Roofing/replacing a roof because it is 14 years old
QUESTION: Greetings, Mr. Wadding. My homeowners insurance company has just sent me a notice that they have changed my roof coverage to actual cash value instead of replacement value because their records indicate that my roof is now 14 years old. The notice also says that this can be reversed if I replace the roof. It's a shingle roof and my home is wood frame with aluminum siding. I live in Memphis, TN. There is nothing wrong with my roof. Any time in the past that shingles have been blown off, I've had them replaced. I take pride in maintaining my roof in tip-top condition. Is there is any practical reason to replace a roof like mine? Also, would you happen to know if this procedure on the part of the insurance company is standard? Thank you in advance for your time.
Sorry for the delay in my response, busy times these days.
This action by your insurance provider is not unusual and certainty not singling you out. Insurance companies are all about risk management, which a big part is calculating losses. The insurance company views your roof, now 14 years old, as an item that is at greater risk of damage. By changing the coverage in this way, should you have a roof loss due to storm damage (ie; wind or hail) in lieu of replacing it with new, they will calculate the cost of a new roof and depreciate that value by their declining scale. They likely will believe the roof to last 20 years (unless it is some type of high-end shingle) and depreciate the roof using that life cycle.
If the roof in servicing well with minimal issues, there is no real logical reasoning to replace it other than to maintain the replacement coverage on your homeowner's insurance. This type of action and behavior by the insurance company is why most people view them as thieves with a selfish agenda. Many run public relation commercials to say how friendly they and how much they care about doing the "right thing" but in reality it is marketing to draw in new customers from other companies.
In your situation, I would demand a written explanation as to the changes in coverage and that they specifically show you within your policy as to where this right is provided to them. If they are devaluation your coverage, this should reduce your premium. I suspect they will offer a different excuse as to why this is, such as your rates were going to rise and this will maintain your rates.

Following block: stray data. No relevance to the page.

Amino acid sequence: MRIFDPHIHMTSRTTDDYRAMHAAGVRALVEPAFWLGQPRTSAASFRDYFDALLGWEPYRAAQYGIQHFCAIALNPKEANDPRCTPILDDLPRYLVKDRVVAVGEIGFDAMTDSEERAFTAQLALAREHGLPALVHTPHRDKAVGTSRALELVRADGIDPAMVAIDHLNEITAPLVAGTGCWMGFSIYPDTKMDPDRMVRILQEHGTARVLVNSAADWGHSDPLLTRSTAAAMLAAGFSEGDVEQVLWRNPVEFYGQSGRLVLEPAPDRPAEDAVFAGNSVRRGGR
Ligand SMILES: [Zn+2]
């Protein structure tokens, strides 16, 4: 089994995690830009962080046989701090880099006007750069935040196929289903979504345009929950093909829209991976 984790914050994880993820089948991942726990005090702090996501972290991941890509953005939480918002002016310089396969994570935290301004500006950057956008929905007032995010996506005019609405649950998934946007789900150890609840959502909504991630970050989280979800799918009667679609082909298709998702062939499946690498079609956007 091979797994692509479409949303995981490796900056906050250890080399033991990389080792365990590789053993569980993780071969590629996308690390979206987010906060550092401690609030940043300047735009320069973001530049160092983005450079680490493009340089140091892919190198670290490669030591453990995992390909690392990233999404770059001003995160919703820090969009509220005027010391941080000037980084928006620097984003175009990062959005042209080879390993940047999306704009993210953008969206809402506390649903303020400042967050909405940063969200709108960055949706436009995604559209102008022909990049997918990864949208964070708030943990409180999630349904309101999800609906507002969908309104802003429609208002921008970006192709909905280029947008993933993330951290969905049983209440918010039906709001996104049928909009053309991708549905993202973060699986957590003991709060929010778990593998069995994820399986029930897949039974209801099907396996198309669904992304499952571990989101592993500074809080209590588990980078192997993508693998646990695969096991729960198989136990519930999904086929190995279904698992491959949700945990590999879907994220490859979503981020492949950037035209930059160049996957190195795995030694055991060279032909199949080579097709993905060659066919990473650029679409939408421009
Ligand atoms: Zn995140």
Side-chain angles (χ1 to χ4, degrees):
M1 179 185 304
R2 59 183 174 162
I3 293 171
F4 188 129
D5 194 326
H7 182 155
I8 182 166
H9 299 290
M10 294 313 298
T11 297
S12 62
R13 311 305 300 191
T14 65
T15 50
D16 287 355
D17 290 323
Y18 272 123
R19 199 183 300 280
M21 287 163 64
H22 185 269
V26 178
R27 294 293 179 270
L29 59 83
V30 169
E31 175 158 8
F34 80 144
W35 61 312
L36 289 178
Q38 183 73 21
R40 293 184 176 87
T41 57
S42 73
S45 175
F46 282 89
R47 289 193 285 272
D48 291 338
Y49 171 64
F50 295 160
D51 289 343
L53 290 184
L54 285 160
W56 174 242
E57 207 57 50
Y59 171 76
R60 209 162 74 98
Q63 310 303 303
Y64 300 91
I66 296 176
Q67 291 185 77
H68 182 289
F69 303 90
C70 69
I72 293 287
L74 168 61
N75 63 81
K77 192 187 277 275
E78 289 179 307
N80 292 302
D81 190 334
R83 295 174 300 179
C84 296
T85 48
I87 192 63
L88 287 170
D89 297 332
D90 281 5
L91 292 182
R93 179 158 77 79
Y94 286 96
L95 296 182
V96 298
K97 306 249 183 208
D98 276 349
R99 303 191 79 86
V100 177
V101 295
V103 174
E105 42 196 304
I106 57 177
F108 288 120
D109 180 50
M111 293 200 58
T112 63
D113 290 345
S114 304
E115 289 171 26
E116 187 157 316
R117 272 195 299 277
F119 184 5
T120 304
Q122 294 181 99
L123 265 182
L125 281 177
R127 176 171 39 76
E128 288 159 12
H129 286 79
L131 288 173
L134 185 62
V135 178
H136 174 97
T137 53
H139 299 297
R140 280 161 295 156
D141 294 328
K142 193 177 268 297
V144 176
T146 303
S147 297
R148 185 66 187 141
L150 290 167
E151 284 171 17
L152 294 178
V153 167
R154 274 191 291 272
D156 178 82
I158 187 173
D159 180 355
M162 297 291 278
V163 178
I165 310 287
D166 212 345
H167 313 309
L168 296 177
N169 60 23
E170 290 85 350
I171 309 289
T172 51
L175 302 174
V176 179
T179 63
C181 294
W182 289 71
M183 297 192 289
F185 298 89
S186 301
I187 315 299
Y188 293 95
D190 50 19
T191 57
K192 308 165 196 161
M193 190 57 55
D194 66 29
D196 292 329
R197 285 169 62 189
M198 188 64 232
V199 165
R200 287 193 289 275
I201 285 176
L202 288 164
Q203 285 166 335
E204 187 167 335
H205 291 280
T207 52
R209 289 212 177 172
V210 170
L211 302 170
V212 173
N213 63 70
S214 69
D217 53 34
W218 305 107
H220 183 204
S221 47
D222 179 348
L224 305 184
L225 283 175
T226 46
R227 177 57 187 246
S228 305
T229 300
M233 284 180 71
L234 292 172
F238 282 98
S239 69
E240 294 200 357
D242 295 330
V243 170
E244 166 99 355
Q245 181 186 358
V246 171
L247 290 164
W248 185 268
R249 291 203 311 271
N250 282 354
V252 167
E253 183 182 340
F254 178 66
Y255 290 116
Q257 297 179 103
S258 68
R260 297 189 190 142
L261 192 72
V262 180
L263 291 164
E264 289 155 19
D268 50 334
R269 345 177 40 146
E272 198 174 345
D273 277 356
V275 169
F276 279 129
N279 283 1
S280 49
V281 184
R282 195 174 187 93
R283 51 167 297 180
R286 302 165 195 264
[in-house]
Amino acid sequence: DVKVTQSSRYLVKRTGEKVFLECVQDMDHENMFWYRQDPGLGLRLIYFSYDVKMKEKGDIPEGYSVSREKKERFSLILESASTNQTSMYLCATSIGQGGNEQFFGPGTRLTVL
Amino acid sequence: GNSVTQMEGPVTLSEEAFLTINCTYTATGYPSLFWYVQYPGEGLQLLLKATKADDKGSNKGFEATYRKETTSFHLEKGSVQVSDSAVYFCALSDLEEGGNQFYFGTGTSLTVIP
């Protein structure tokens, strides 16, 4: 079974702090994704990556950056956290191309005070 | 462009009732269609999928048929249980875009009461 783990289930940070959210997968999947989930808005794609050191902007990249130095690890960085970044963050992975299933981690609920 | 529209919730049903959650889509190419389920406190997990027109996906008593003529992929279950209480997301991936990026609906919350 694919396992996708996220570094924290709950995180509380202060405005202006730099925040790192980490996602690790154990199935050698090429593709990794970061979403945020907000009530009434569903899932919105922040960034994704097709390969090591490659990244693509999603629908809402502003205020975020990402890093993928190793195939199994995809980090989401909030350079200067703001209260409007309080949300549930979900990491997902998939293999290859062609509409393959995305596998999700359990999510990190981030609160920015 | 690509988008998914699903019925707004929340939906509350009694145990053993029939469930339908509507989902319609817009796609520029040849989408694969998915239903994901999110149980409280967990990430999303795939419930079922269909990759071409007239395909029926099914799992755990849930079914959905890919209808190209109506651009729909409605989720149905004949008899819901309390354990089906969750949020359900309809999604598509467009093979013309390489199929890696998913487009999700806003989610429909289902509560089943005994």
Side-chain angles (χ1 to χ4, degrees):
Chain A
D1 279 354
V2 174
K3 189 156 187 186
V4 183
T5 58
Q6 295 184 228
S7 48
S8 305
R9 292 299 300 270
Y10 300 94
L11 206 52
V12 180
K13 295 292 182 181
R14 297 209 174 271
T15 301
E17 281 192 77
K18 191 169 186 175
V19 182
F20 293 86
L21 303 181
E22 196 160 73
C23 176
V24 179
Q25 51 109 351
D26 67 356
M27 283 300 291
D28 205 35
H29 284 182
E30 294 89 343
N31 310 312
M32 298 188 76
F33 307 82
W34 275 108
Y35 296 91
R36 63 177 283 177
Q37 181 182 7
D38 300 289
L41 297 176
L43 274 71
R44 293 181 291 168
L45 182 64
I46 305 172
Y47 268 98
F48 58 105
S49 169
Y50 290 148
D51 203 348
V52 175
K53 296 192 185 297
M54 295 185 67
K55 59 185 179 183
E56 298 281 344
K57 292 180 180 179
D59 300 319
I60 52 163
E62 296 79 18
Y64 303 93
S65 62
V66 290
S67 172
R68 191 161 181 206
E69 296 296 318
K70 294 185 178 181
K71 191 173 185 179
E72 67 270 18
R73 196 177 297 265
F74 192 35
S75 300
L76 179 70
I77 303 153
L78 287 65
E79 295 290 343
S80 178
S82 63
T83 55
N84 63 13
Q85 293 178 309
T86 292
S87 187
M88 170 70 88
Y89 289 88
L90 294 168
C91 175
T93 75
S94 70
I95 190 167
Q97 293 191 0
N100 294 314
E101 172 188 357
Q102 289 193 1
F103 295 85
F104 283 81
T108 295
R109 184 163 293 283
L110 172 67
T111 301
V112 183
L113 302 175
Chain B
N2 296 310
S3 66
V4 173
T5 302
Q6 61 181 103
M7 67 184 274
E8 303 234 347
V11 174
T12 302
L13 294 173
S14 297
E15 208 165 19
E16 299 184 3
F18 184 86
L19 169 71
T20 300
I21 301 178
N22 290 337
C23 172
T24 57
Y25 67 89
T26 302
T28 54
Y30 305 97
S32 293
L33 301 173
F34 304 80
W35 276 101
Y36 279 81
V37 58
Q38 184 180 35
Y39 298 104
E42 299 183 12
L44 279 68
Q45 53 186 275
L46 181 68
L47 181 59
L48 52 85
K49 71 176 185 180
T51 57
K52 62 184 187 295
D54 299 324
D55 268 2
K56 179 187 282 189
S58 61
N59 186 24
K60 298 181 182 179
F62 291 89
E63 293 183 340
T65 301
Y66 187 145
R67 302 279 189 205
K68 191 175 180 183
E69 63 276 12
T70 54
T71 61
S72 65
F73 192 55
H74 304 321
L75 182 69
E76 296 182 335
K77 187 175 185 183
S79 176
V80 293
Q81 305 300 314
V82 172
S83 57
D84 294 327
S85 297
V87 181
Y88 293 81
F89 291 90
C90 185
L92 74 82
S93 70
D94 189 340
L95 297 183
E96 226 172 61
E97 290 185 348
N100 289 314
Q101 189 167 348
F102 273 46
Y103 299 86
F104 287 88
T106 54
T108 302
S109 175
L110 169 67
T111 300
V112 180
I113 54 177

I wish the best for you, in your shoes, I would demand the explanation and if I didn't like it, I would shop for new homeowner's insurance.
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QUESTION: Thanks so much for this great thorough answer. I'll surely take all this into consideration. I have noticed some granules of shingle "sand" coming down through the gutter down-spouts. Is this something that indicates the roof has deteriorated to the point it needs replaced, usually?
The surface of the shingles have a ceramic mineral granule on the top to protect the asphalt underneath from UV exposure and give you an attractive color appearance. The back or underside of the shingle has sand which was used as a parting agent so they don't stick together in the packaging when made.
If what you see in the gutter is the colored granule from the surface a degree of this is normal for the first 1 to 5 years. These are the granules that are not really pressed into the asphalt, they are just hitch-hikers and wash off. After that, if you see an accumulation of granules in the gutter after normal storm events (heavier rain) that would indicate the shingle is aging and losing granules, which will reduce its life cycle. If it was noticed after an event such as a hail storm, this is the result of hail damage, a conditions your insurance should address.
I am speculating not seeing the roof, but if you look at it close you would see a random patter of granules missing and see round-like marks in the painted surface of items on the roof such as the air conditioner and metal roof penetrations. If you see signs of this, you may consider filing a hail damage claim.